I have mixed feelings about no impact man. I definitely think it is really cool how the guy went through as many means necessary to reduce his impact. His message about changing yourself instead of waiting for things to change is also great and makes a whole lot of sense. It was pretty ironic when the guy who was helping him grow crops mentioned that not matter what he tried to do, it is nearly impossible to live without leaving some kind of impact. The ironic part being that his wife writes for a magazine (or a paper I don’t remember which) which uses tons of paper and other things that undermine what he was trying to do.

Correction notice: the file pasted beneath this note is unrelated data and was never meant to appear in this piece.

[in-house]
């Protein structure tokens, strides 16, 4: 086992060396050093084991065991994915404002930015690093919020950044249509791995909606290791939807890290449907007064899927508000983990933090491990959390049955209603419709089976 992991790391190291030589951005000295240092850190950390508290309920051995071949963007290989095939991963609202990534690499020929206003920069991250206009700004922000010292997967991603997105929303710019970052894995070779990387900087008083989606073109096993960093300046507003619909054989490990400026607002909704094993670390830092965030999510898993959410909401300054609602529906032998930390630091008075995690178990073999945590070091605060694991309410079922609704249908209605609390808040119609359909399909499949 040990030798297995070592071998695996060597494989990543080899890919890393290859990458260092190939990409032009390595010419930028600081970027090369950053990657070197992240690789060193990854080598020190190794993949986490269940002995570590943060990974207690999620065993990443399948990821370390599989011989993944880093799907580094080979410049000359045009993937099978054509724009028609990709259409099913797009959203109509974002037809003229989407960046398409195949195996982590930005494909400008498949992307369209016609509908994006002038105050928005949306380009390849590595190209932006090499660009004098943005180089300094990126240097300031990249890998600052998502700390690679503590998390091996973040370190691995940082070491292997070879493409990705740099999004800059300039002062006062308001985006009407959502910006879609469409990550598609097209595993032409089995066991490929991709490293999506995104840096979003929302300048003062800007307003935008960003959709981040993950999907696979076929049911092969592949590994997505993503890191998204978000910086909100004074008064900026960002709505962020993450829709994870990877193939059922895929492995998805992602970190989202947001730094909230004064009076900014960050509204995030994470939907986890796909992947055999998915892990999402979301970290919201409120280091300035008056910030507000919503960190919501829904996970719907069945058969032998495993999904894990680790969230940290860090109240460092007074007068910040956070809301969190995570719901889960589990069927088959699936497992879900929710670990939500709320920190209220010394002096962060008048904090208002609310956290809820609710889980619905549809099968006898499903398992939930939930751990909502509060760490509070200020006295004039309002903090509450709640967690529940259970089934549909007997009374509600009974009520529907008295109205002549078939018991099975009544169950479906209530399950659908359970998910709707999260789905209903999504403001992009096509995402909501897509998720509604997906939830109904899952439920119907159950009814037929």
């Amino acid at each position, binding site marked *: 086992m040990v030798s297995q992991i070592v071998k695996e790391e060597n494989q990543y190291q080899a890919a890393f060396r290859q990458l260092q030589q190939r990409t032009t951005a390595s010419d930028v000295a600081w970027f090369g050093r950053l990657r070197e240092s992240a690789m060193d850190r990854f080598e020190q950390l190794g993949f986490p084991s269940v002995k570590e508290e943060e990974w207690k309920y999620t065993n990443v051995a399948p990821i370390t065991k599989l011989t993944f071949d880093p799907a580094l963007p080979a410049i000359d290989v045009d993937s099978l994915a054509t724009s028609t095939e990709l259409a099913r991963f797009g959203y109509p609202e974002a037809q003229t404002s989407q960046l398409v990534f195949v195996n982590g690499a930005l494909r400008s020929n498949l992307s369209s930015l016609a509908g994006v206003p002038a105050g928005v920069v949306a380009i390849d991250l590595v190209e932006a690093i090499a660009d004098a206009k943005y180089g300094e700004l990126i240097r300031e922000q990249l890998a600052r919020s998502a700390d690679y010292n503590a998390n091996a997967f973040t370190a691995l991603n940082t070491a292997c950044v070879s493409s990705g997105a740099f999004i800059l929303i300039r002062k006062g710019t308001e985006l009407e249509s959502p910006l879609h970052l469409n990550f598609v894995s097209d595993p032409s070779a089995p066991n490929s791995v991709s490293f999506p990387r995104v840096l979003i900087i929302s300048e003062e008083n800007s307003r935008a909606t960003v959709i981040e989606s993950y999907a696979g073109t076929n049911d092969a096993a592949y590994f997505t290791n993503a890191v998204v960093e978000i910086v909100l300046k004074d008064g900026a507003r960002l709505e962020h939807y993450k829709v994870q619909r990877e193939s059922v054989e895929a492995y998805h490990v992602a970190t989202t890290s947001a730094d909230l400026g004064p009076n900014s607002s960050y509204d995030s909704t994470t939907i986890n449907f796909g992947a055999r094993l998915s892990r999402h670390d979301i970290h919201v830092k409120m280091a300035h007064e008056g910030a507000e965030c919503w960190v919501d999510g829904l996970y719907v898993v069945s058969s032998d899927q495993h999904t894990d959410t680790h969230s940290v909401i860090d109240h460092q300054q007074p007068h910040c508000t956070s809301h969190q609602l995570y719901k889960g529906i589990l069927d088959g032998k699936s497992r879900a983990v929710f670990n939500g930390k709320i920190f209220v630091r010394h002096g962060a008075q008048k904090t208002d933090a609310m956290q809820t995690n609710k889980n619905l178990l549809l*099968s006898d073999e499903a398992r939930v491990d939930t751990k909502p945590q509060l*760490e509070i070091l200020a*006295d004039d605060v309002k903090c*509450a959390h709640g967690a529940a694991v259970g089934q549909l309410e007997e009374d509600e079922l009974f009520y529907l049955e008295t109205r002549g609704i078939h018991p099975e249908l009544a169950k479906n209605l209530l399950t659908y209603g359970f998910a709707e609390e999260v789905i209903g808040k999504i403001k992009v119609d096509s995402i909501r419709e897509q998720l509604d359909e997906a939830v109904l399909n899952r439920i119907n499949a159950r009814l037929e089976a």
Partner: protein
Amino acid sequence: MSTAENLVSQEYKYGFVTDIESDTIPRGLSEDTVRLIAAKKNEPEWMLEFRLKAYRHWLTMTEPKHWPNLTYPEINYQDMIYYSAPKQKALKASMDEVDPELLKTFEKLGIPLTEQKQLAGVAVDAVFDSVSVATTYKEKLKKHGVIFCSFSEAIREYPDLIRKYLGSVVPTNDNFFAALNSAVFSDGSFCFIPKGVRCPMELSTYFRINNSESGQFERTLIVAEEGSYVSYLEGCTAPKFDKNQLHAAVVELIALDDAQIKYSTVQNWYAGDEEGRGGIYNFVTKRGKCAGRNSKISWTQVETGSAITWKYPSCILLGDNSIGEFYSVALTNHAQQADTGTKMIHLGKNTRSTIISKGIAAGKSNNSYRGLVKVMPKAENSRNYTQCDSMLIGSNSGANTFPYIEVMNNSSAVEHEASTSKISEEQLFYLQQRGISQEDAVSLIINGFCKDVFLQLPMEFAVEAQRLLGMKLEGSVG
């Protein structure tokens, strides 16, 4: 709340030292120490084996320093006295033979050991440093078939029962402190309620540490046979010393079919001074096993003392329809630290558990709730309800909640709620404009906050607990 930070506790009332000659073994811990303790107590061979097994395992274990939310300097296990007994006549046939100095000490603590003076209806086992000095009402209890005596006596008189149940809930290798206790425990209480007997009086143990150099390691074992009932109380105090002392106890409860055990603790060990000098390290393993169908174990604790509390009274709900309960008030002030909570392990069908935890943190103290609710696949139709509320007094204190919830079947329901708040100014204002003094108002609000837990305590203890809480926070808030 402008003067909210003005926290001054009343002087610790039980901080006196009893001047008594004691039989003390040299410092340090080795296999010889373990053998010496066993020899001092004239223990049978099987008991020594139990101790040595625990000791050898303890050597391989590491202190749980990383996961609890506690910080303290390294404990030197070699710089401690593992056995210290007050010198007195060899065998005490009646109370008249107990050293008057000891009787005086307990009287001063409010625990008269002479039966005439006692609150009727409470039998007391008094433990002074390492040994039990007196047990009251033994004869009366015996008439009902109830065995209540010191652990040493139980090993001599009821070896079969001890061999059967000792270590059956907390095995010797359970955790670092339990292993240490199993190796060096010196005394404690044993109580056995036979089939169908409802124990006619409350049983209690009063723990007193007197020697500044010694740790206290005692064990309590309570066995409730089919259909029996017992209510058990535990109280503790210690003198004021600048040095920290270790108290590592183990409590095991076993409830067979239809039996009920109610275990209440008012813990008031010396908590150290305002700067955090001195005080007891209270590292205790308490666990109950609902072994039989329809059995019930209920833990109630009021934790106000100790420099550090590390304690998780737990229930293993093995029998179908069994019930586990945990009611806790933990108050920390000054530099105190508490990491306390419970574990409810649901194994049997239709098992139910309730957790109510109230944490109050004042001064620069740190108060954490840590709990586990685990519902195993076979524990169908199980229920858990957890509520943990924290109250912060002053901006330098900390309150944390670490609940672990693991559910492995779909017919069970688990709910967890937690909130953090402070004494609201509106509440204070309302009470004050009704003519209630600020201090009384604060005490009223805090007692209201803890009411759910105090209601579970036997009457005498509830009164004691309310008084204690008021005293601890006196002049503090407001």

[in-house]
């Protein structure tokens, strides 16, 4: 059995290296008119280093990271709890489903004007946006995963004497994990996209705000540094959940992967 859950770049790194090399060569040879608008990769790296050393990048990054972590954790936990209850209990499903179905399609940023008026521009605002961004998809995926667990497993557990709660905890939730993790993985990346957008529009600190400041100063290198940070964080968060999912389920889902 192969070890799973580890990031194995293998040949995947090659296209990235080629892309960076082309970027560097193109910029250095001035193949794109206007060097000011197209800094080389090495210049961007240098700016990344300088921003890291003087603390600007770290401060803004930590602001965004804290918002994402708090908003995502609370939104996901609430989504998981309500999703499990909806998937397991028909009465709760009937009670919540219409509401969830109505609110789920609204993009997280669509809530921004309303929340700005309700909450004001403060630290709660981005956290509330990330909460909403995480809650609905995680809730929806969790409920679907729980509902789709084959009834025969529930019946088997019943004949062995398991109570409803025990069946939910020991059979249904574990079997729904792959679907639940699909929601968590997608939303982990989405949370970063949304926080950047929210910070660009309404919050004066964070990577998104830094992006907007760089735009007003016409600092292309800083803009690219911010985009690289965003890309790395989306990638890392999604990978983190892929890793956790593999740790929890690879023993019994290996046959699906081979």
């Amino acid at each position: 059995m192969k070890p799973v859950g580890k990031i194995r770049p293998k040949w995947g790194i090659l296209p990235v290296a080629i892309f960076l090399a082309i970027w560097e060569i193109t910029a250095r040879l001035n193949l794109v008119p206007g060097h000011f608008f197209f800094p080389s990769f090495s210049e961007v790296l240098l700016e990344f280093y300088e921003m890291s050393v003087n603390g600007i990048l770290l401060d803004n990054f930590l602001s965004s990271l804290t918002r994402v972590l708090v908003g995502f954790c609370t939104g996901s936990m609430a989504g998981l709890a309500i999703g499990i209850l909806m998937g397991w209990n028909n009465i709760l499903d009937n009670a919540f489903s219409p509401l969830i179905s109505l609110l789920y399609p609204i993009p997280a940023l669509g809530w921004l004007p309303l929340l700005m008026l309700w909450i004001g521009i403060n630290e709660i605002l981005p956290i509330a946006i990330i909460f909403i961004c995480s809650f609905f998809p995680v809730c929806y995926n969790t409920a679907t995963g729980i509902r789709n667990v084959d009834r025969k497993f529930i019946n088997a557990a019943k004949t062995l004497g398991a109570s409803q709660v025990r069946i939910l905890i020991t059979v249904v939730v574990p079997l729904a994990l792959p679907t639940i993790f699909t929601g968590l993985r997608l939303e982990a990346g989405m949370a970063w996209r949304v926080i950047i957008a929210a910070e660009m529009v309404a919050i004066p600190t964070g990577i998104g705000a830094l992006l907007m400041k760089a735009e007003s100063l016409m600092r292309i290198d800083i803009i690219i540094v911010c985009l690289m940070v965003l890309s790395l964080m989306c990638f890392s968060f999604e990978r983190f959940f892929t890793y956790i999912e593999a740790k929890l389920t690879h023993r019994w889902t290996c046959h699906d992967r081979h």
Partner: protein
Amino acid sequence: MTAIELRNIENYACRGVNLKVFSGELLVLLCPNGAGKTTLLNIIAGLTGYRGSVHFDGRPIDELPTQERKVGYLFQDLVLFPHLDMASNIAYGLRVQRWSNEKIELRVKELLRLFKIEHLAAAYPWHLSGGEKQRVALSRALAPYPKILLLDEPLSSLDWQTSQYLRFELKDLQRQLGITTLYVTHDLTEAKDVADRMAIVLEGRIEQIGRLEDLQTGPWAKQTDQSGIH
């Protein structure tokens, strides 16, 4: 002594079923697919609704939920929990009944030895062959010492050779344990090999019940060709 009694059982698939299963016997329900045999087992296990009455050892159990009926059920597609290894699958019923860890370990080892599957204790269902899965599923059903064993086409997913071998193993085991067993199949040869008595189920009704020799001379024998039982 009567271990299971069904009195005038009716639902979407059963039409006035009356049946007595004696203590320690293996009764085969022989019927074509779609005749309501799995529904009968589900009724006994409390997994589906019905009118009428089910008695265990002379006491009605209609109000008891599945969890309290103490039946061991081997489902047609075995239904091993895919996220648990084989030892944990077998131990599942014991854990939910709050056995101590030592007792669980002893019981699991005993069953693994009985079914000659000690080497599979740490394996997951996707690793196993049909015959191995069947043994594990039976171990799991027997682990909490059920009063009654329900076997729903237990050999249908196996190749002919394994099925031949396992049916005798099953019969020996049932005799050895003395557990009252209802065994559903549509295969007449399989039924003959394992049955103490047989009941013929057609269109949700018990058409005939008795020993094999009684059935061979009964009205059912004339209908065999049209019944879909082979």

My biggest problem with this way of life is the cost. For most people, it’s incredibly hard to be able to afford that kind of lifestyle. In the film, they both seem to have steady, higher paying jobs and can afford things (like $400 purses, over tipping waiters for Starbucks coffee and going to hair salons). Mostly it’s a food issue. Buying fresh tends to run a little more expensive on average and spoils faster. It’s really weird (like it was mentioned in class) how you have to pay more to have less done to your food. I don’t know if it’s true or not, but it’s weird how nowadays the mindset is: “make as much money as you can, by the quickest and cheapest means possible, while simultaneously finding ways to destroy any competition.” On the other side of that, there’s the instant gratification side to things which perpetuates it. Money thing aside, doing small things like not buying certain meats and trying not to use a ton of paper towels ect. are pretty simple things anyone can do.